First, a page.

Dance review: Macbeth, Wilton’s Music Hall

A haunting, gripping dance adaptation of Shakespeare’s sinister masterpiece

Jonathan Goddard and Eleanor Duval as the Macbeths

Jonathan Goddard and Eleanor Duval as the Macbeths.

Dancing to Shakespeare may sound a bit like dancing to architecture, to (badly) paraphrase a famous phrase, but in the hands of the fantastic Mark Bruce Company, one of the bard’s greatest – and bloodiest – plays becomes a piece of absorbing and captivating art in its own right.

Macbeth lends itself well to dance, the inner turmoil of a man and his wife willing to commit regicide to be king and queen of Scotland, create an energy that is both powerful yet intimate. Unearthing the hidden meaning behind what drives this ambitious couple to commit murder in order to get their bloody hands on the crown has long fascinated directors, and in this production their angst, greed and lust for power. and their subsequent all-consuming guilt, seems even more stark.

From gentle beginnings grows a performance of great drama and passion. Bold, clever lighting washes the stage in blood-red and casts a banquet in stunning aspic, while well-placed symbols create a brooding atmosphere as the score – largely comprised of Arvo Pärt’s multi-layered music – enhances without smothering. But as sharp as the visual spectacle is, it’s the power of the dance that brings Shakespeare’s words to life.

The choreography is wonderfully realised, with every hand gesture and head turn revealing the characters’ passion and emotions. Shakespeare’s big scenes are all there: there’s the dagger and Lady Macbeth’s hand-wringing; a sinister reactment of the witches’ prophesy of Banquo’s descendants long rule over Scotland, and the banquet scene where the murdered Banquo haunts Macbeth with a terrifying intensity.

Jonathan Goddard as the titular character reveals Macbeth’s ruthlessness alongside a vulnerability – this is a man who seems aghast at his own capacity for murder, astonished at his lust for power. But, as with so many Macbeths, it’s Lady Macbeth who draws the eye. Eleanor Duval is wonderful in the role, a hugely captivating dancer who conveys the character’s steely-eyed ambition and her descent into madness with an incredible force, recreating Shakespeare’s words with compelling charisma. Together the two dancers are beguiling and compelling – this is a couple who are destined to rule.

Mark Bruce Company’s Macbeth | Wilton’s Music Hall | Until 17 March 2018

 

 

 

 

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Theatre Review: Macbeth, Trafalgar Studios

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James McAvoy as Macbeth

Jamie Lloyd’s production of Macbeth is the inaugural play in a season of work for Trafalgar Transformed at the Trafalgar Studios and it’s a brutal, intense, powerful and physical piece of theatre that’s restless and electric from the minute the three witches emerge from trap doors.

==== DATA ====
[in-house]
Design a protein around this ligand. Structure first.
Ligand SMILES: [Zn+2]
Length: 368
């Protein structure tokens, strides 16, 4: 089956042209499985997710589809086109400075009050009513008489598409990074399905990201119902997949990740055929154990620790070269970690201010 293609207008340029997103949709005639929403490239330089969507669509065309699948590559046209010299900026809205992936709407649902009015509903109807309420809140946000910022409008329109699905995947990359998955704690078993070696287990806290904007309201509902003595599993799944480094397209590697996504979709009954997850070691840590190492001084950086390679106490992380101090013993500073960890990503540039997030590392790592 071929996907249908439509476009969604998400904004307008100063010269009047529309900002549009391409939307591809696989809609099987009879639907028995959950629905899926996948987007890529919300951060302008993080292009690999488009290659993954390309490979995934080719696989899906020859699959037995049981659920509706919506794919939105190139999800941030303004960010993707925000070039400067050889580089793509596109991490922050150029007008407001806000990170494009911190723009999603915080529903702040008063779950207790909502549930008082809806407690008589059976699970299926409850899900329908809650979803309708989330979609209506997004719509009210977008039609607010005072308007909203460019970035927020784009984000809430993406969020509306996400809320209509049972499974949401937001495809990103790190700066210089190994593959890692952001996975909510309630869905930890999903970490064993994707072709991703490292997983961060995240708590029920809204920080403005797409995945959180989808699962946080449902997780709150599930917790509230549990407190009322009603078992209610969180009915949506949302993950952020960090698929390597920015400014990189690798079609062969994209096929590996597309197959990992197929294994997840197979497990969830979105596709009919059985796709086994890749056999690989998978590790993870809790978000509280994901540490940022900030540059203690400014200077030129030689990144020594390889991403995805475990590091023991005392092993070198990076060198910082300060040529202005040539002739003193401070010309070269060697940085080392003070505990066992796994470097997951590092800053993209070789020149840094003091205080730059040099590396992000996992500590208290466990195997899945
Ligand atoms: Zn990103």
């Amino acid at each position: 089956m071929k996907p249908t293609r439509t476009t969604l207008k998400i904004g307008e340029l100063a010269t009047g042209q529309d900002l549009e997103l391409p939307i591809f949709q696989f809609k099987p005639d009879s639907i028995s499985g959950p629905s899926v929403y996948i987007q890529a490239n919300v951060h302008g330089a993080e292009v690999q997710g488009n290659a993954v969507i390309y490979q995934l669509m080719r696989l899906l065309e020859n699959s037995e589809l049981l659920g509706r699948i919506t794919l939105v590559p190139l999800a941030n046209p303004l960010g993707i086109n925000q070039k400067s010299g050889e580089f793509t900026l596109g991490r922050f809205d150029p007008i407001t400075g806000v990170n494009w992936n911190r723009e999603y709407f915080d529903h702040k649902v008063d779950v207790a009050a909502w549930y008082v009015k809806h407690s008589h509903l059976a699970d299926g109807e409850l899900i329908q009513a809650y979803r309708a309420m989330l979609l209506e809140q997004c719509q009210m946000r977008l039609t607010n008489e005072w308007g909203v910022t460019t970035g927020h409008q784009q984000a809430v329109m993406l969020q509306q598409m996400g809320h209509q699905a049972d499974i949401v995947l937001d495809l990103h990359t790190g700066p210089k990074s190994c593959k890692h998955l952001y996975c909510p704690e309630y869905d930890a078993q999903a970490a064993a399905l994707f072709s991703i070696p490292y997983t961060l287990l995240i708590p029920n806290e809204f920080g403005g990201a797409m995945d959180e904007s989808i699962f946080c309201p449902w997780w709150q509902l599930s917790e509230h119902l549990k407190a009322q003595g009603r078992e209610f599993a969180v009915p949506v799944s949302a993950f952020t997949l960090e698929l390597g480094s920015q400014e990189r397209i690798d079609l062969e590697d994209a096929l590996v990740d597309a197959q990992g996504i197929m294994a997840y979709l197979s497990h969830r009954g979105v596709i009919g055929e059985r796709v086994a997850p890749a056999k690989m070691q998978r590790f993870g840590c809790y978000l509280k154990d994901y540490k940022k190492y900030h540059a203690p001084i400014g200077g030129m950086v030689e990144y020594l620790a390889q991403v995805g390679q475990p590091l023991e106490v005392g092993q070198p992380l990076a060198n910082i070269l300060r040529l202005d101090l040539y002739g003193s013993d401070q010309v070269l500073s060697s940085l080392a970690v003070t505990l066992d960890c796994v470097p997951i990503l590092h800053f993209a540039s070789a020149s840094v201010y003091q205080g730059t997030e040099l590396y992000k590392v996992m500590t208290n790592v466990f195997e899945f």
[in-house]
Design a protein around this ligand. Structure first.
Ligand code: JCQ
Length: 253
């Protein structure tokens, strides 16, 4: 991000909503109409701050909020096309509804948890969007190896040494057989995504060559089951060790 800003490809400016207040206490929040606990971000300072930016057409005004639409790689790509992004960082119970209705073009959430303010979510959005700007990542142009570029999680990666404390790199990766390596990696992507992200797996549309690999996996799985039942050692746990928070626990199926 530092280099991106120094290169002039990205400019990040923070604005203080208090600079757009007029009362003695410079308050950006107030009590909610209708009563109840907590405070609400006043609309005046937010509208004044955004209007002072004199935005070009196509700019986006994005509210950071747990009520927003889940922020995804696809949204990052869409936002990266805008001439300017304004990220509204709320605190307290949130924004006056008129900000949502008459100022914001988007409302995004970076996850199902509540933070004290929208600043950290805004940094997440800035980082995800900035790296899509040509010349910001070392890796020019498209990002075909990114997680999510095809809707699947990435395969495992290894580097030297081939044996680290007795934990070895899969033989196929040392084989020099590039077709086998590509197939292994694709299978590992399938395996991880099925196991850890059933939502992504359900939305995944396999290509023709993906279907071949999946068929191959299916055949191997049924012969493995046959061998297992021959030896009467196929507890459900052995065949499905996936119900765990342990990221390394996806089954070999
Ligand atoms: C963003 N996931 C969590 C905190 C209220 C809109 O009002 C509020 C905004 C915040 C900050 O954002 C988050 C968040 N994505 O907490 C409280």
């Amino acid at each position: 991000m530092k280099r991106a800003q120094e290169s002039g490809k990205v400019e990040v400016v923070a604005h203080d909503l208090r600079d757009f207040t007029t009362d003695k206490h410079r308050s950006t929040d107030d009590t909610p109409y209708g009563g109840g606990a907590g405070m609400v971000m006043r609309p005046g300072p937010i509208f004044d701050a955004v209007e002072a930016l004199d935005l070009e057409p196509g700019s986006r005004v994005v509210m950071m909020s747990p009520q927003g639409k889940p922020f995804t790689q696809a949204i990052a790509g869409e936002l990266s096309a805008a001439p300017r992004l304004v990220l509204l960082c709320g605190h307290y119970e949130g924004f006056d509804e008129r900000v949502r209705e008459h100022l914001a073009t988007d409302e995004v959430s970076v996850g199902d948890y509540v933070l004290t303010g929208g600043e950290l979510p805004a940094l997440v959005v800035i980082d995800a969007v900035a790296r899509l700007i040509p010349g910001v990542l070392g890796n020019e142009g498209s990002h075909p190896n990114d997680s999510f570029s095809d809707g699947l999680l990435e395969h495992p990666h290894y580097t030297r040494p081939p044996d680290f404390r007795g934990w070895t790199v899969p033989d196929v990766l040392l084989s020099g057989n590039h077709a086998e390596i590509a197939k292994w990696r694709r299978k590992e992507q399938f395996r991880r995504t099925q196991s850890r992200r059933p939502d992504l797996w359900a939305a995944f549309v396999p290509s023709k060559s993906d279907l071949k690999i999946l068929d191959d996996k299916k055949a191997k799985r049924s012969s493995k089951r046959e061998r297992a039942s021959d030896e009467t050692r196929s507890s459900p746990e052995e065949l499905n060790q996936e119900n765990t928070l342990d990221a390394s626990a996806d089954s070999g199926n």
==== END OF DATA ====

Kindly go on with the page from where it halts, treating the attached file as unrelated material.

The ‘stage’ is a post-apocalyptic vision – all upturned metal chairs and utility tables; the characters in filthy army fatigues – in a non-determined time that could be the near past or near future. It was very 28 Days Later; the starkness adding its own neurosis to Shakespeare’s play about the occult and the blood-thirsty and power-hungry.

Shakespeare, of course, doesn’t need histrionics to stir the emotions and get the heart thumping, but the savagery of the newly configured stage and the physicality of this production sidelines the hocus pocus and brings out the bloodiness and horror behind the witches and ghostly daggers.

This has been billed as a James McAvoy vehicle, but it’s far more than that. If anything, McAvoy threatens to be overshadowed by both the powerful staging and the other actors. There’s been some debate (well, an article in The Independent) as to whether McAvoy is too young to play Macbeth. Shakespeare never specifies his age, but the character has traditionally been played by those in their late 30s or older. McAvoy – and his partner in crime Claire Foy as Lady Macbeth for that matter – might not be too young, but they look it, and their baby faces do make it harder to believe that these are two power-hungry tyrants who go around thrusting daggers through children’s heads. But while McAvoy might not quite convinced as a warrior, he does mad very well, writhing on tables and spitting out his demons with a rabid intensity.

Lady Macbeth has become shorthand for the ultimate malevolent wife, but she’s not purely evil. An ambiguous character, she’s a woman who begs to be bad, but ultimately isn’t bad enough – the last remaining speck of goodness is what ultimately leads to her demise. Still, she’s manipulative enough to persuade her husband to kill the King of Scotland while many women can’t even persuade their partners to make them a cup of tea so she’s no sweetheart.

The super slight Foy though, doesn’t look like a grand manipulator and I’m not sure whether it was her youthfulness that meant I didn’t quite believe in Foy as Lady Macbeth. A great angsty actress, Foy rather struggled to fill Shakespeare’s great villaness’ well-worn shoes, never quite seeming powerful and strong enough for a woman who could encourage her husband to commit regicide. For an actress who usually excels in shouty parts, Foy was at her best during the sleepwalking scene when she caught the vulnerability and fear of the Lady’s
nocturnal stirrings very movingly.

McAvoy and Foy were ably supported by a brilliant cast with standout performances from Forbes Masson as Banquo and Jamie Ballard as Macduff while Allison McKenzie’s brief turn as his about-to-be-murdered wife was eye-catching.

The screams of delight from the adolescents in the audience (of which there were many) is testament to the pull of a Hollywood star, but this is far more than a one-man show.

Macbeth is on at the Trafalgar Studios until 27 April 2013. For ticket information, including £15 Monday tickets, click here.